In recent years, there’s been an influx of talent from the consumer-packaged-goods (CPG) industry to the building products sector. Over the past year, half of the new hires we meet have a CPG background from companies such as Procter & Gamble, Heinz, PepsiCo and Unilever, as well as smaller organizations geared towards broad consumables distributed through mass retail.
What does that mean for the building, home improvement and lawn & garden industry?
Our industry is getting more sophisticated with marketing.
Manufacturers and retailers recognize consumers are becoming increasingly more discriminating as they research a wide variety of products, brands and prices online. Our research shows most consumers (80%+ of millennials) will even shop online for home improvement products while in the aisle of brick-and-mortar stores.
The CPG world has a head start in developing marketing strategies to address omnichannel issues. CPG veterans know how to distinguish their brands by creating seamless omnichannel experiences and curating a consistent online presence, which is becoming increasingly important.
In our research, we see over 50% of customers (Pros and DIYers) going online for information before making a building and home improvement product purchase. CPG is using this consumer data to ensure a detailed level of information is available across mediums. This brings us to the second way CPG influence will change the building products industry.
Data-driven approach to make better business decisions.
For decades, the building products industry has operated on gut feel rather than data and research, opening the door for misguided decisions. CPG leaders bring a data-driven approach to marketing strategies, product development, merchandising and brand assessment. However, while newcomers from the CPG industry know how to leverage data in marketing efforts, they might not be familiar with the nuances of available data or primary research in the building products industry.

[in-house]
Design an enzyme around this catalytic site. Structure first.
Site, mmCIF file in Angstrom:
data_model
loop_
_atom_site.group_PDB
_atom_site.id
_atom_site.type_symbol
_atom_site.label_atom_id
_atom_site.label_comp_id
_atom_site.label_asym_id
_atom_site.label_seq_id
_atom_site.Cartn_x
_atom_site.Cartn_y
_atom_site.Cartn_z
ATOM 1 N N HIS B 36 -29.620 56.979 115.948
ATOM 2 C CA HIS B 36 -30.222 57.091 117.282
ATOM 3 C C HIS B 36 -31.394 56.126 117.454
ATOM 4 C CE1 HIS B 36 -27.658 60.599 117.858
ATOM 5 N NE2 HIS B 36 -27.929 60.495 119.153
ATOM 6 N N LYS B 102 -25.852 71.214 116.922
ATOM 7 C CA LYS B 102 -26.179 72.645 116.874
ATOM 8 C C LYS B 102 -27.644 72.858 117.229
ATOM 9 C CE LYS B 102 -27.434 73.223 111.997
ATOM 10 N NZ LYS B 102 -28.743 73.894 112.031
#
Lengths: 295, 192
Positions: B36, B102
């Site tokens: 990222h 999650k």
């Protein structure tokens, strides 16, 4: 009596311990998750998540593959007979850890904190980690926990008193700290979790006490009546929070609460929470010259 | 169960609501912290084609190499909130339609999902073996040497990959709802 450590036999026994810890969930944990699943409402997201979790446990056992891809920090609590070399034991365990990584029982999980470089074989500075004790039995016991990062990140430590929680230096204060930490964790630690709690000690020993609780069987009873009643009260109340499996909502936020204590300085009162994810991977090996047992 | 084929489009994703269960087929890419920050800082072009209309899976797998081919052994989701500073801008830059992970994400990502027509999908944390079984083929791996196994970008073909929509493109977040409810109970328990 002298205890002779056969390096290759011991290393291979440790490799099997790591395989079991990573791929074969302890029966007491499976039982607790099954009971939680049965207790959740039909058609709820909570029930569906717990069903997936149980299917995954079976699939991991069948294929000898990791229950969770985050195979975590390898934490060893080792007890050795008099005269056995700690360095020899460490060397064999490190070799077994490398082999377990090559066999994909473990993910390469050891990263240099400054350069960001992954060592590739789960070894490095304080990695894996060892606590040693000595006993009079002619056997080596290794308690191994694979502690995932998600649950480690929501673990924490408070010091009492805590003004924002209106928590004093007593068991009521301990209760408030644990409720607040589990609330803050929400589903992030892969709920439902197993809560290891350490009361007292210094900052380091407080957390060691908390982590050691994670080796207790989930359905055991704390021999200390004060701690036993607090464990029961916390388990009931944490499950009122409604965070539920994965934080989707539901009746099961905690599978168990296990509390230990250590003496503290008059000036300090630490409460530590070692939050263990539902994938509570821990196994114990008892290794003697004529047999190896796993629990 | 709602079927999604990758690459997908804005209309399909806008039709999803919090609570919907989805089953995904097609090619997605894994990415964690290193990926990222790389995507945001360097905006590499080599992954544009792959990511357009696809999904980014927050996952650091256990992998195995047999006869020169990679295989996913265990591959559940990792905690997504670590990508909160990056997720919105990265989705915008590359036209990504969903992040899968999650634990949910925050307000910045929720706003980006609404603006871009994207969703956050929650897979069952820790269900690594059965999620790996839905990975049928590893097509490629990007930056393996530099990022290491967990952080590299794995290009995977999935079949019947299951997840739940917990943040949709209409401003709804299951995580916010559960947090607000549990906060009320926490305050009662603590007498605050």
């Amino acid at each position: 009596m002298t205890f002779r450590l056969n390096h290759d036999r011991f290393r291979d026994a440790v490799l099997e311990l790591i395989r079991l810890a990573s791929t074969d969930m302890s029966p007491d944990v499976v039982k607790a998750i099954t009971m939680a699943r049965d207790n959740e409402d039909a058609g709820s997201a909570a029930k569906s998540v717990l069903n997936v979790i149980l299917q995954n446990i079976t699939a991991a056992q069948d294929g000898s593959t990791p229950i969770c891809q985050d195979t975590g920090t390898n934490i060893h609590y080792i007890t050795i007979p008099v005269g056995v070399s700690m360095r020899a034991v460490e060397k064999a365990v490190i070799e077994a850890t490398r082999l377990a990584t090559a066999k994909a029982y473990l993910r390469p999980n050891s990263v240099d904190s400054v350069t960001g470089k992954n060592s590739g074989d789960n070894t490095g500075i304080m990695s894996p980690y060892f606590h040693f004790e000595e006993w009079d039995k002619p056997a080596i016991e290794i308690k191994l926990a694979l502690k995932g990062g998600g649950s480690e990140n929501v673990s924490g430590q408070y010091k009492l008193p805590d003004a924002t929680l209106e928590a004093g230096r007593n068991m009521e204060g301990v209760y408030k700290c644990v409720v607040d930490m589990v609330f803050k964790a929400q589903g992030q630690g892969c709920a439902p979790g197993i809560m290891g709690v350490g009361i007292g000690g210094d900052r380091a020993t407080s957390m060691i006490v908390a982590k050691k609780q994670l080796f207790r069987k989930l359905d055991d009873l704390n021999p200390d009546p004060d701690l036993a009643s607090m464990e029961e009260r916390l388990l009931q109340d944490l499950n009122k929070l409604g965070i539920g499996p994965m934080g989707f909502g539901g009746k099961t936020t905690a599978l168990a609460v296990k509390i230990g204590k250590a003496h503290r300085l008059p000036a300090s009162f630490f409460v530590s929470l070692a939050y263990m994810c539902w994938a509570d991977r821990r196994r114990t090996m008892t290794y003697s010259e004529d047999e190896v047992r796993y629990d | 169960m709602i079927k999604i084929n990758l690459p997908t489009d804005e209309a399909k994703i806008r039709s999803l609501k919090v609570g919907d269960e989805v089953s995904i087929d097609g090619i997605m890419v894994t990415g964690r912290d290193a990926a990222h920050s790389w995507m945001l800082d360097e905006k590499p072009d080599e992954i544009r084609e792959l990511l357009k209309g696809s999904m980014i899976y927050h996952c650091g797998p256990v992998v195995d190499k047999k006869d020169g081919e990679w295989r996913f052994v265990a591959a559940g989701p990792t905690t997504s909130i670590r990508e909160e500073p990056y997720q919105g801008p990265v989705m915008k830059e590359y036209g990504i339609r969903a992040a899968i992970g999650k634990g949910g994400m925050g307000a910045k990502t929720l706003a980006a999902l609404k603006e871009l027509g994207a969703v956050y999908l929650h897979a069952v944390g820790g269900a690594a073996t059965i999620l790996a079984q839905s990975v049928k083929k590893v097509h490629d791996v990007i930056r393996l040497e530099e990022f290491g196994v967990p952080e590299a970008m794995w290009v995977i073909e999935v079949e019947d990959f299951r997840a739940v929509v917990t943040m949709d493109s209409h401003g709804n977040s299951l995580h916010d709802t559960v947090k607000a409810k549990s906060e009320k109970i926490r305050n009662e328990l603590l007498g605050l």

For example, in the CPG industry, you’re likely able to pull all POS data for a specific SKU at any time across the U.S. to know exactly how big the market is, where it’s sold and who is buying it. However, in the building, home improvement and lawn & garden industries, POS data often does not exist in a timely manner or cover all distribution. This means companies are turning to primary research to fill the gaps of what may have been readily available in their prior consumables career.
Tips to Execute Research
The challenge then becomes knowing how to best execute the research to ensure high quality, usable information. Here are some tips for research success in an industry with low incidence categories, small customer bases and little detailed secondary data.
- Understand the size of the universe you’re targeting.
- It easy to get a sample of 5,000 consumers in a study about soda because such a massive percent of our population drinks it. To expect that same number of responses from commercial roofers is not reasonable since the size of the commercial roofer market is less than 20,000 firms.
- Determine the product purchase incidence.
- While a high percentage of U.S. households buy soda, very few purchase a toilet flush valve on a regular basis. Having a low incidence category, as is the case for many of the DIY products we study, means a reduced buying audience to draw from. Be sure to capture incidence levels of your products in all your research.
- Evaluate feasibility for various research methods.
- Once you understand the size of your audience, you can evaluate options for research methodology. If you’re targeting professionals that do a very specific type of industrial work, there may be only a few hundred that qualify so one-on-one qualitative interviews may be best. If you’re targeting DIYers that have purchased power tools in the past year, you will have success conducting a larger online quantitative study due to high feasibility.
After 30 years researching the building, home improvement and lawn & garden industry, we know how to conduct actionable research among professionals and DIYers. We work exclusively in this industry to go beyond conducting a survey. Our expertise helps clients build the right scope, set proper sample expectations and interpret the data within context of our unique industry.
As the building products, home improvement and lawn & garden industry continue to embrace a data-driven mentality, research matters more than ever. To discuss how industry-focused market research can help you adapt to these changes, contact us at firstname.lastname@example.org or schedule a time to discuss your needs.